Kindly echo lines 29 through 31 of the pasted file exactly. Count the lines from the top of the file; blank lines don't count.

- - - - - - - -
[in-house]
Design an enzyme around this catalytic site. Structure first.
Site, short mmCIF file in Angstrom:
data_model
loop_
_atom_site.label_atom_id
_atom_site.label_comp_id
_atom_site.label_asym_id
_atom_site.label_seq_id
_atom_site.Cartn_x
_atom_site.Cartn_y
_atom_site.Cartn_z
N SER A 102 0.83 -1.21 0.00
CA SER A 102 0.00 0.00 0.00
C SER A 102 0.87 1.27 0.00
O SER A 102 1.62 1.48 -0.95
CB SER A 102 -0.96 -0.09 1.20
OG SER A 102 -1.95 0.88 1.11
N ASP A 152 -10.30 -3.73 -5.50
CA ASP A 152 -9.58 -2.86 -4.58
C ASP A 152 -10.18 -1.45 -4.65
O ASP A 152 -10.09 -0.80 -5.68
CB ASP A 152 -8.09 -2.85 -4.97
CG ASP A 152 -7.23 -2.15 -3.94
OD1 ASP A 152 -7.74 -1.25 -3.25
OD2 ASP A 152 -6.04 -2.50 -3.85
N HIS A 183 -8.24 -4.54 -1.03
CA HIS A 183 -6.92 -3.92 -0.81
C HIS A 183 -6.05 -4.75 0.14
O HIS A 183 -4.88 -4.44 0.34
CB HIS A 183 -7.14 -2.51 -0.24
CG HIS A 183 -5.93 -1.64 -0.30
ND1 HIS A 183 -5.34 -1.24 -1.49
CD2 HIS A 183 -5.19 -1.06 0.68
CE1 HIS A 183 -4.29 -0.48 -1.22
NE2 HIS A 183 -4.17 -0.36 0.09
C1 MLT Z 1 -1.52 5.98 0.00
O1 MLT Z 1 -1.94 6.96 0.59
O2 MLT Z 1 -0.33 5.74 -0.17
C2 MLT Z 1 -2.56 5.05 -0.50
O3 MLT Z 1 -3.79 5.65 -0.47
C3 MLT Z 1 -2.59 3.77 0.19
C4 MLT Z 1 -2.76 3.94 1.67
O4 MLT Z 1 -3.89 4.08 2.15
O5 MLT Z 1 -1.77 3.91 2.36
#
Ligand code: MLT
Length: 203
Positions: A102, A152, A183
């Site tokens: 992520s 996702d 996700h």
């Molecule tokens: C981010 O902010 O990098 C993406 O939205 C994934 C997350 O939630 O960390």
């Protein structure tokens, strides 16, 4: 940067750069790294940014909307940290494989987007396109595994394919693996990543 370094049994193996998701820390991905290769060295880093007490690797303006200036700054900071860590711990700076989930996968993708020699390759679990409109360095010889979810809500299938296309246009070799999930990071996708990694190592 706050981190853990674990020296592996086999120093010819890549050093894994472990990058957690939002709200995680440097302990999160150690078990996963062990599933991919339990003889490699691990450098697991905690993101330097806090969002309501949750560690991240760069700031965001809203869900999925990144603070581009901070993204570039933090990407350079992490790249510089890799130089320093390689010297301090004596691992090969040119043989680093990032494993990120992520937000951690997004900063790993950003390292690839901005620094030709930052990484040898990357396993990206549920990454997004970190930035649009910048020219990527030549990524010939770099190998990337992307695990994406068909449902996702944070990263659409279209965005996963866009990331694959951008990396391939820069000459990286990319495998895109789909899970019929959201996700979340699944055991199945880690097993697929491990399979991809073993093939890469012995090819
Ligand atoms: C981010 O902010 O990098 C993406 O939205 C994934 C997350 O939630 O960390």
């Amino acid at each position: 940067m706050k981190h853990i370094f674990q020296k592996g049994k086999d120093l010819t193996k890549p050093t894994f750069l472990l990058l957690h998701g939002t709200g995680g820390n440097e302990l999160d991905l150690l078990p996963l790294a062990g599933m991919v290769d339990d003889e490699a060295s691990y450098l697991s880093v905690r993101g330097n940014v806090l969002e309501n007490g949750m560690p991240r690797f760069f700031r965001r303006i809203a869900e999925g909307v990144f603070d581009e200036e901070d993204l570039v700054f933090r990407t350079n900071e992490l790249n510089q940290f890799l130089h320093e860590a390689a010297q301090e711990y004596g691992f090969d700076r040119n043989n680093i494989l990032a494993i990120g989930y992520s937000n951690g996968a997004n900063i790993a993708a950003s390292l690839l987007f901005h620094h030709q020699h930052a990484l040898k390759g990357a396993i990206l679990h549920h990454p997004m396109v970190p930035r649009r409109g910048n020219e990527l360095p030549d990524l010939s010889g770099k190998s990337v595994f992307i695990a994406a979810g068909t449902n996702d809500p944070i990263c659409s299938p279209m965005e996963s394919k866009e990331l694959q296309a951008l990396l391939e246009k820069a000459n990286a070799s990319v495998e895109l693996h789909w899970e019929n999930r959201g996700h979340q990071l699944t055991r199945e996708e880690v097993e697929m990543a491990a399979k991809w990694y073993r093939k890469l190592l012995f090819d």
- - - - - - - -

C HIS A 183 -6.05 -4.75 0.14
O HIS A 183 -4.88 -4.44 0.34
CB HIS A 183 -7.14 -2.51 -0.24